It has become one of the perils of everyday life on the information highway — a cyberattack.
For the Pentagon, which operates 15,000 networks and owns more than a million computers, the risks are huge. Though Defense systems are attacked constantly — 5,000 times per day by some accounts, and scanned millions of times per day — these digital invasions are little reported.
Banks lose millions of dollars a year from cyberintrusions. Each bank averages one million probes per month. These too, are little reported. The banks see this as a cost of doing business, and customers pay the cost in increased user fees. Manhattan District Attorney Cyrus Vance Jr. says, “The Internet is the crime scene of the 21st Century.”
For the typical PC user, the average security software package provides little insight into the true nature or danger of these attacks. And the average attack by a new virus is almost never protected by existing security software. This protection almost always comes after many computers have been infected.
For the past three decades, the Pentagon’s modernization investments have been shifting from platforms to upgrades to sensors, communications and intelligence-collection enhancements — all dependent on secure, well-functioning networks. The theory is that existing platform capabilities coupled with these “information” enhancements will provide dominant capability for U.S. forces. Adequate cyber-security is an implicit assumption to this development strategy. It is, too, a critical assumption.
NDIA member companies recently put together a white paper on the necessity to better acquire and field cyber-capabilities. The paper focused first on the problems with existing processes. Currently, responsibility is highly distributed and the acquisition is unfocused.
Multiple, overlapping policy, governance execution and reporting entities in Defense, Homeland Security, the Office of the Director of National Intelligence, the Energy Department, the Federal Energy Regulatory Commission (that promulgates requirements for the electrical grid) and other federal agencies inhibit effective cyber-protection. It is piecemeal and disjointed. The U.S. government is not taking full advantage of the investment that industry has already made in cyber-security.
There has been much capability already developed, but little emphasis has been placed on reuse and redeployment. Scant credit is given in procurements for already developed and embedded cyber-capability. Contract awards are often given for “technically compliant/lowest cost” while criteria for “best value” is less frequently encountered. State and local government entities must also be folded into a comprehensive program.
The nation must have a coherent acquisition approach, a cohesive strategy, and supporting legislation/regulation that recognizes and corrects the disconnects in organization and execution. There needs to be better integration through all government entities, laterally and vertically.
For all these reasons, there must be a much closer partnership between government and industry. This would promote a more robust understanding and definition of cyber-requirements, and a better recognition of and capitalization of the existing capability embedded in contractor developed software.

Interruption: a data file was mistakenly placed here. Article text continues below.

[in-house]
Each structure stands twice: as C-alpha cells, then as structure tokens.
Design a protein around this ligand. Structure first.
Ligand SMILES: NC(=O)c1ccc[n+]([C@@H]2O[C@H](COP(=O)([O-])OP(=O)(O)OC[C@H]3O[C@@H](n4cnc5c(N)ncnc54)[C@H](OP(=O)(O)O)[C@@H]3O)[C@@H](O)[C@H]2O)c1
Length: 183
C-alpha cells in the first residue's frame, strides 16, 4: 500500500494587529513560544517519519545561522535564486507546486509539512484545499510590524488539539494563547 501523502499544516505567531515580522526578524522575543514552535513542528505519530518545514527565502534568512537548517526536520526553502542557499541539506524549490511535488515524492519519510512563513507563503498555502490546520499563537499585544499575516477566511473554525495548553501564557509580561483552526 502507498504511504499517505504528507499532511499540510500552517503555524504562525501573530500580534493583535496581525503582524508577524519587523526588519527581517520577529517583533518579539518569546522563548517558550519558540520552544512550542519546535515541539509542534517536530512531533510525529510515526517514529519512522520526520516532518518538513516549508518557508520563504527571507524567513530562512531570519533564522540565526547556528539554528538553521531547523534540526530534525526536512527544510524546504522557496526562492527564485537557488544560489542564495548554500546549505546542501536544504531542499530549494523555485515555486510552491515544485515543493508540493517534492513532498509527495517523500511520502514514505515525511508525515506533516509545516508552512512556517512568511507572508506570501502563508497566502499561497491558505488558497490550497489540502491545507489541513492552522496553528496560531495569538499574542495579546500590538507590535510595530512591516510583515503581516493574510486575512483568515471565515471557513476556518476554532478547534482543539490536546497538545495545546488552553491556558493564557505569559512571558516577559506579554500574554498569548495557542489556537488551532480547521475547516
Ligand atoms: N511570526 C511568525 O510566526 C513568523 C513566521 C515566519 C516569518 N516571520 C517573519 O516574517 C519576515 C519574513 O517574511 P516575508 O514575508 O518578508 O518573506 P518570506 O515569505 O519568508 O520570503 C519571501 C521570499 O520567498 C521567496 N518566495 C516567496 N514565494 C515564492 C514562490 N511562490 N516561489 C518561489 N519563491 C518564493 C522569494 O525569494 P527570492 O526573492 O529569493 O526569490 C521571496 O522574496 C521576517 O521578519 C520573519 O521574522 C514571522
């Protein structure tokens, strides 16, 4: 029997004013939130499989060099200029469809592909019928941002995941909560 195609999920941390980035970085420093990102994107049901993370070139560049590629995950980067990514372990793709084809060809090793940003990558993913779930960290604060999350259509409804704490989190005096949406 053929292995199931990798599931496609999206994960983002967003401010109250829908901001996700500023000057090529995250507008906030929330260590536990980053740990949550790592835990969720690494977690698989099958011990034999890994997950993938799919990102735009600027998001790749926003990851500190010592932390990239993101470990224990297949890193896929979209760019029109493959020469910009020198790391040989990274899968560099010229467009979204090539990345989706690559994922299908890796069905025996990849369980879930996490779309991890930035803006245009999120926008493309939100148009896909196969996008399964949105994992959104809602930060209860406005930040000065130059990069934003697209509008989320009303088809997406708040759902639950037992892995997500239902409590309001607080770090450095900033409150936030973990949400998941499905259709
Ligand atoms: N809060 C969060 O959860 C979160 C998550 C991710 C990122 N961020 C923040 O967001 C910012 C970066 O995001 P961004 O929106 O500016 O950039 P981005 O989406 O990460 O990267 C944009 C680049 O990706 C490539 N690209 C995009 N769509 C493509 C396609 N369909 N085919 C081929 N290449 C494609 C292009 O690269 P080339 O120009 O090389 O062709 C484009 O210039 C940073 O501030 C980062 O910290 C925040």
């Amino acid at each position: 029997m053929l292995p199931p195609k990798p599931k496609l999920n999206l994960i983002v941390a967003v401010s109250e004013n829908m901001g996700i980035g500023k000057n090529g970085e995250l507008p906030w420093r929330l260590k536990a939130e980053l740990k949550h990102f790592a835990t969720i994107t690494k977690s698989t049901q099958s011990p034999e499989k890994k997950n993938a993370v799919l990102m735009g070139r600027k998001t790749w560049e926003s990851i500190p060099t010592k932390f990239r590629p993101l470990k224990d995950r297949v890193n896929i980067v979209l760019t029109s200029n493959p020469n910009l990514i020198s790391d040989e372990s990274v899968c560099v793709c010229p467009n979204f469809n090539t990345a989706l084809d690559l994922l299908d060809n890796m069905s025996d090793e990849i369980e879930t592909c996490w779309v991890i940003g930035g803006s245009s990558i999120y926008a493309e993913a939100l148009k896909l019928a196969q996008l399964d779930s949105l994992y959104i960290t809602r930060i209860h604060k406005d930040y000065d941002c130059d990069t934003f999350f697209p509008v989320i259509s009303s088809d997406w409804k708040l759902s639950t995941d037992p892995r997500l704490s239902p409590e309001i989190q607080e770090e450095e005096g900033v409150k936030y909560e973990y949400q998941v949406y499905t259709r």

The necessity to address vulnerabilities was recently recognized by Army Gen. Keith Alexander, commander of U.S. Cyber Command. He has said the Defense Department is not only vulnerable to its own systems, but faces risks from systems owned and maintained by others that the government relies upon. “Our mission at Cyber Command includes not only the defense of our military networks, but also a role in guarding our nation’s defense industrial base,” he said. “More than 90 percent of our military’s energy is generated and distributed by the private sector and more than 80 percent of our logistics are transported by private companies.”
NDIA supports the development of a more cohesive acquisition strategy by government that encompasses a complete end-to-end solution, and that helps align R&D initiatives.
It would be helpful if legislation clearly encouraged partnerships and clearer acquisition strategies. This legislative focus should translate into federal acquisition regulations that emphasize best-value competitions. The legislation should also do more to bring the disparate elements of the federal government into a more coherent structure.
Finally, this area is ripe for more formal and rigorous education.
Interestingly, the 2011 National Defense Authorization has a section focusing on “Cyber Warfare, Cyber Security, and Related Matters.” It calls for the continuous prioritization of policies and standards under the National Institute of Standards and Technology Act. It directs the secretary of defense to develop a strategy for assuring the security of software and related applications as well as a template for acquiring tools and applications. Required elements of such strategy cover assurance, comparative assessments of offense/defense and potential adversaries, testing, infrastructure (facilities), remediation, research, innovation sharing, unproductive duplication, certification and accreditation.
By March 1, the secretary must submit a Defense Department “cyber warfare policy” report to Congress that addresses, among other elements, modeling and simulation tools to use in assurance and assessment activities. Significantly, the legislation also directs the secretary of defense to conduct, in coordination with DHS, a comparative assessment of critical infrastructure. This appears to be going in the right direction, but not all federal agencies are involved. More needs to be done.
In recognition of the issues at risk and their surpassing importance, NDIA is in the process of standing up a Cyber Division to give better industry focus to the many critical issues involved.
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